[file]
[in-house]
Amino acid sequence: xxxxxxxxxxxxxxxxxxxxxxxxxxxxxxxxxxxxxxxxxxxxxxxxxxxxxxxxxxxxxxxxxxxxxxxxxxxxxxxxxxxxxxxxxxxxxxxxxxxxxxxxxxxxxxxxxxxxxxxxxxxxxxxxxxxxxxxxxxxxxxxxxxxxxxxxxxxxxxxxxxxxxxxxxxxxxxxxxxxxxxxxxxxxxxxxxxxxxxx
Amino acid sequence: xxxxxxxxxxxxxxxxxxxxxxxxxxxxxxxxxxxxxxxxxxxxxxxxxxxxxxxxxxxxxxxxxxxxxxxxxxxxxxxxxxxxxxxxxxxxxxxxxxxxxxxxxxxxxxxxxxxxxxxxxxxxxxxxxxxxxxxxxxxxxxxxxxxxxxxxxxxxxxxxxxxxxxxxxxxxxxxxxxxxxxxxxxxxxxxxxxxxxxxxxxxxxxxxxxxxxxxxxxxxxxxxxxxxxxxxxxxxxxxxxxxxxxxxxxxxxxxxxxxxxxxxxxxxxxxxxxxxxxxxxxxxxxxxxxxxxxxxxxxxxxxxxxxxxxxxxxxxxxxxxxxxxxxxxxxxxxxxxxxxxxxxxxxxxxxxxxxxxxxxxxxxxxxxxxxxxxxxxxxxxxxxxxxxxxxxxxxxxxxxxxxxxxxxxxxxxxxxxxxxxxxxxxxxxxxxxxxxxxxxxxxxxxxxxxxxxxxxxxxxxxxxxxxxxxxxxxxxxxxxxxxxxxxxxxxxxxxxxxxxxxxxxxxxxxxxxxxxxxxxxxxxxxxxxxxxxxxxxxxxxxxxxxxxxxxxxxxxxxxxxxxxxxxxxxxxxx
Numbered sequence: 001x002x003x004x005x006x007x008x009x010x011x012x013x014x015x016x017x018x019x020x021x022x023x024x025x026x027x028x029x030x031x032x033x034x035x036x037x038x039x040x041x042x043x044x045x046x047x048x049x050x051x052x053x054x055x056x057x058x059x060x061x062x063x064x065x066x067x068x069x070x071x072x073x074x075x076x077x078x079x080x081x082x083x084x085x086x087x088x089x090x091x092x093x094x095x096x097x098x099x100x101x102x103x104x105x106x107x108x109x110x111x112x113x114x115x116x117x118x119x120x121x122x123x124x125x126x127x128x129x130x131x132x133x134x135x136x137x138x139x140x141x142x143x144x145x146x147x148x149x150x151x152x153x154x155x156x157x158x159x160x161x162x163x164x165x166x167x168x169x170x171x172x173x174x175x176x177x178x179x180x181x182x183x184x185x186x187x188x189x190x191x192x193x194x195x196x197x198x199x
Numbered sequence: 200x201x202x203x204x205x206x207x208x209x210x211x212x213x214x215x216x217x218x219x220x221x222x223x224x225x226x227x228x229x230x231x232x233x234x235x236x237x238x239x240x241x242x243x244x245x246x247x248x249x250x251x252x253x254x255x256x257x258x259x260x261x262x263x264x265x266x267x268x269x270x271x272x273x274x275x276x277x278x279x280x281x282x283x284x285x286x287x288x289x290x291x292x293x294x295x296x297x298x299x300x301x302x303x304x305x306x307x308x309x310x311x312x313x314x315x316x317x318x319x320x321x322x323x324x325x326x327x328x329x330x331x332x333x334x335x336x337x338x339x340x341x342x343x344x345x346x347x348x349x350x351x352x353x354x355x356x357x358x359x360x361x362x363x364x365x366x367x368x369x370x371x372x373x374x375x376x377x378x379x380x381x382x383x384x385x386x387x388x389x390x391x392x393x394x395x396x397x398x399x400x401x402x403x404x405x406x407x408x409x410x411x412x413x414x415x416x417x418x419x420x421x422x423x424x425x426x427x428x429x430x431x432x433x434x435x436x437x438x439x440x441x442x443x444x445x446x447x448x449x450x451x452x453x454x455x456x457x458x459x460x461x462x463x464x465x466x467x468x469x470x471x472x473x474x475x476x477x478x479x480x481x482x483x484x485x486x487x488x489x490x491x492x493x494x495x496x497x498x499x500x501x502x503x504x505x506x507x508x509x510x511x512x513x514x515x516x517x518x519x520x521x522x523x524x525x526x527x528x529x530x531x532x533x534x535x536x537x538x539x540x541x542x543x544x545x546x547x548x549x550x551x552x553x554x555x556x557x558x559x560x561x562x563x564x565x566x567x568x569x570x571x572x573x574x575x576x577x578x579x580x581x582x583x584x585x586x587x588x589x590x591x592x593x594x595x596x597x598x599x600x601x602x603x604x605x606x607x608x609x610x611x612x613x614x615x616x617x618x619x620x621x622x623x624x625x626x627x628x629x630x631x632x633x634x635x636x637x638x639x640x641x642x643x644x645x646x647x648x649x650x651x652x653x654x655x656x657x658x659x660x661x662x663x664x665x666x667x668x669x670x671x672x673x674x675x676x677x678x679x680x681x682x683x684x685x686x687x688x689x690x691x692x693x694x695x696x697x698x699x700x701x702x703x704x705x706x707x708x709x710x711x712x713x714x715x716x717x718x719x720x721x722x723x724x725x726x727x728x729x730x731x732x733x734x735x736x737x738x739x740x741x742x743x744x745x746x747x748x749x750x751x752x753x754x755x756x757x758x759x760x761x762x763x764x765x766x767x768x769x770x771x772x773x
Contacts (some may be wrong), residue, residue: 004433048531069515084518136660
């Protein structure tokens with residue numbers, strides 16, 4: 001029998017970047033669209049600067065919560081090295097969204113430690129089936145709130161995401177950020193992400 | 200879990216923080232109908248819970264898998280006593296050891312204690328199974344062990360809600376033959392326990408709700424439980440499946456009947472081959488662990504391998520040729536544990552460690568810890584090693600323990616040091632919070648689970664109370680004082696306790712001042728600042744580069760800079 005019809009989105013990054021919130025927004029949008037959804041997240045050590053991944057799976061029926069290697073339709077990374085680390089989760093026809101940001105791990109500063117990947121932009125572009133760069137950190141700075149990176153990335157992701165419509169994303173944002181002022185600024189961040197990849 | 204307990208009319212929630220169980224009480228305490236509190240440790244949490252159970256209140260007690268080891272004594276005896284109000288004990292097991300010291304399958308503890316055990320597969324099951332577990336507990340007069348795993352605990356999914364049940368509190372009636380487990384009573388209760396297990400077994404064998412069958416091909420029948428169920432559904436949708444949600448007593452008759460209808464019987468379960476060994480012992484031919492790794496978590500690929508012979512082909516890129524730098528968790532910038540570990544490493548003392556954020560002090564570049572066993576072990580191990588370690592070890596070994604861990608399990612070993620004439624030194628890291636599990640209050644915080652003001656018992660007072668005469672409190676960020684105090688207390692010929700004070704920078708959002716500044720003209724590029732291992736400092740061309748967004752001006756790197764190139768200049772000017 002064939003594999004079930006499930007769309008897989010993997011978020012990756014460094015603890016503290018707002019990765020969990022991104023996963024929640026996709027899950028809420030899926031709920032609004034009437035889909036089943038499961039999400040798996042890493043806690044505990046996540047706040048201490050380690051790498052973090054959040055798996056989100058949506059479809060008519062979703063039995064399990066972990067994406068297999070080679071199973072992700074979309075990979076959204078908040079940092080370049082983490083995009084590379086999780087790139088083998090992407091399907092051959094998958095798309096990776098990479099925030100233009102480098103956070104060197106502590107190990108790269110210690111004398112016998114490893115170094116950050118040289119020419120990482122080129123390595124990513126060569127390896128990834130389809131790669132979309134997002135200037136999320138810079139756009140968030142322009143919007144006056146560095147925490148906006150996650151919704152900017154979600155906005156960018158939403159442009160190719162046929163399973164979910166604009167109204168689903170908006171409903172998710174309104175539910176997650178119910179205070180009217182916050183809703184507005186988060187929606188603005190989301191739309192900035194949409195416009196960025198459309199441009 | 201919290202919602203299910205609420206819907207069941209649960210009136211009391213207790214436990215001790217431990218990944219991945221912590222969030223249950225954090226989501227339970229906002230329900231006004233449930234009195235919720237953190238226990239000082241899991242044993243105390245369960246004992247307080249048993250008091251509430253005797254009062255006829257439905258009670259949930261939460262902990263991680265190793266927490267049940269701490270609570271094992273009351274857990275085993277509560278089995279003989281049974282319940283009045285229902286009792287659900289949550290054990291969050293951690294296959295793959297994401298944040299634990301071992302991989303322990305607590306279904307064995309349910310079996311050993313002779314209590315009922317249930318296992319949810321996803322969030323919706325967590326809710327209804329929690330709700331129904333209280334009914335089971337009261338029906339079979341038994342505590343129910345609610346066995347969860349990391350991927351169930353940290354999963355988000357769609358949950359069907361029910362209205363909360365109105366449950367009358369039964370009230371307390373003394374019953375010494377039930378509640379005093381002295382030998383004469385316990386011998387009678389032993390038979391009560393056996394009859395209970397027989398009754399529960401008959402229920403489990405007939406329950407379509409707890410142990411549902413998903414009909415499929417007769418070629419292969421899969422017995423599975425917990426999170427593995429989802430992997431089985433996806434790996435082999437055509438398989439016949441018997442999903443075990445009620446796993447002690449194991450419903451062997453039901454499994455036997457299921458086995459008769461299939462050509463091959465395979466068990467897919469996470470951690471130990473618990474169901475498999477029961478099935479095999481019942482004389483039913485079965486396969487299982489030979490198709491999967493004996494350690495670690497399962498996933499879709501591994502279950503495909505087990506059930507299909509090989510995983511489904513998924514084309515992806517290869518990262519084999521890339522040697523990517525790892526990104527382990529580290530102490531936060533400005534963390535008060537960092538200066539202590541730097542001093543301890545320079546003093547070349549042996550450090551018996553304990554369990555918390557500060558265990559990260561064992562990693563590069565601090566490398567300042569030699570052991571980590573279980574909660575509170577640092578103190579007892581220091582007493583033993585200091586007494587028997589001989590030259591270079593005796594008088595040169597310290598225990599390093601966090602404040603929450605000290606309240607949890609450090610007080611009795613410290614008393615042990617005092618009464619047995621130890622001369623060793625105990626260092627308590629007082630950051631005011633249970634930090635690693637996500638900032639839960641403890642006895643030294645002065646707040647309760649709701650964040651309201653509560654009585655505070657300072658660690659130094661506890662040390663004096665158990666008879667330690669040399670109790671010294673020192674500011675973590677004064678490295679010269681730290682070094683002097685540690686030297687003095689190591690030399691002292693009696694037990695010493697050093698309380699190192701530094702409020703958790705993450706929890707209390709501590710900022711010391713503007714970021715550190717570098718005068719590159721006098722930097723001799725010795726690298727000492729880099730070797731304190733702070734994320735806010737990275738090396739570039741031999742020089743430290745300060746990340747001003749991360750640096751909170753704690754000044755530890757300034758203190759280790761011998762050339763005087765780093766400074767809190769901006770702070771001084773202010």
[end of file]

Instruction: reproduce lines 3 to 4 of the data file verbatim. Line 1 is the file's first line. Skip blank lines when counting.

Amino acid sequence: xxxxxxxxxxxxxxxxxxxxxxxxxxxxxxxxxxxxxxxxxxxxxxxxxxxxxxxxxxxxxxxxxxxxxxxxxxxxxxxxxxxxxxxxxxxxxxxxxxxxxxxxxxxxxxxxxxxxxxxxxxxxxxxxxxxxxxxxxxxxxxxxxxxxxxxxxxxxxxxxxxxxxxxxxxxxxxxxxxxxxxxxxxxxxxxxxxxxxxxxxxxxxxxxxxxxxxxxxxxxxxxxxxxxxxxxxxxxxxxxxxxxxxxxxxxxxxxxxxxxxxxxxxxxxxxxxxxxxxxxxxxxxxxxxxxxxxxxxxxxxxxxxxxxxxxxxxxxxxxxxxxxxxxxxxxxxxxxxxxxxxxxxxxxxxxxxxxxxxxxxxxxxxxxxxxxxxxxxxxxxxxxxxxxxxxxxxxxxxxxxxxxxxxxxxxxxxxxxxxxxxxxxxxxxxxxxxxxxxxxxxxxxxxxxxxxxxxxxxxxxxxxxxxxxxxxxxxxxxxxxxxxxxxxxxxxxxxxxxxxxxxxxxxxxxxxxxxxxxxxxxxxxxxxxxxxxxxxxxxxxxxxxxxxxxxxxxxxxxxxxxxxxxxxxxxxxx
Numbered sequence: 001x002x003x004x005x006x007x008x009x010x011x012x013x014x015x016x017x018x019x020x021x022x023x024x025x026x027x028x029x030x031x032x033x034x035x036x037x038x039x040x041x042x043x044x045x046x047x048x049x050x051x052x053x054x055x056x057x058x059x060x061x062x063x064x065x066x067x068x069x070x071x072x073x074x075x076x077x078x079x080x081x082x083x084x085x086x087x088x089x090x091x092x093x094x095x096x097x098x099x100x101x102x103x104x105x106x107x108x109x110x111x112x113x114x115x116x117x118x119x120x121x122x123x124x125x126x127x128x129x130x131x132x133x134x135x136x137x138x139x140x141x142x143x144x145x146x147x148x149x150x151x152x153x154x155x156x157x158x159x160x161x162x163x164x165x166x167x168x169x170x171x172x173x174x175x176x177x178x179x180x181x182x183x184x185x186x187x188x189x190x191x192x193x194x195x196x197x198x199x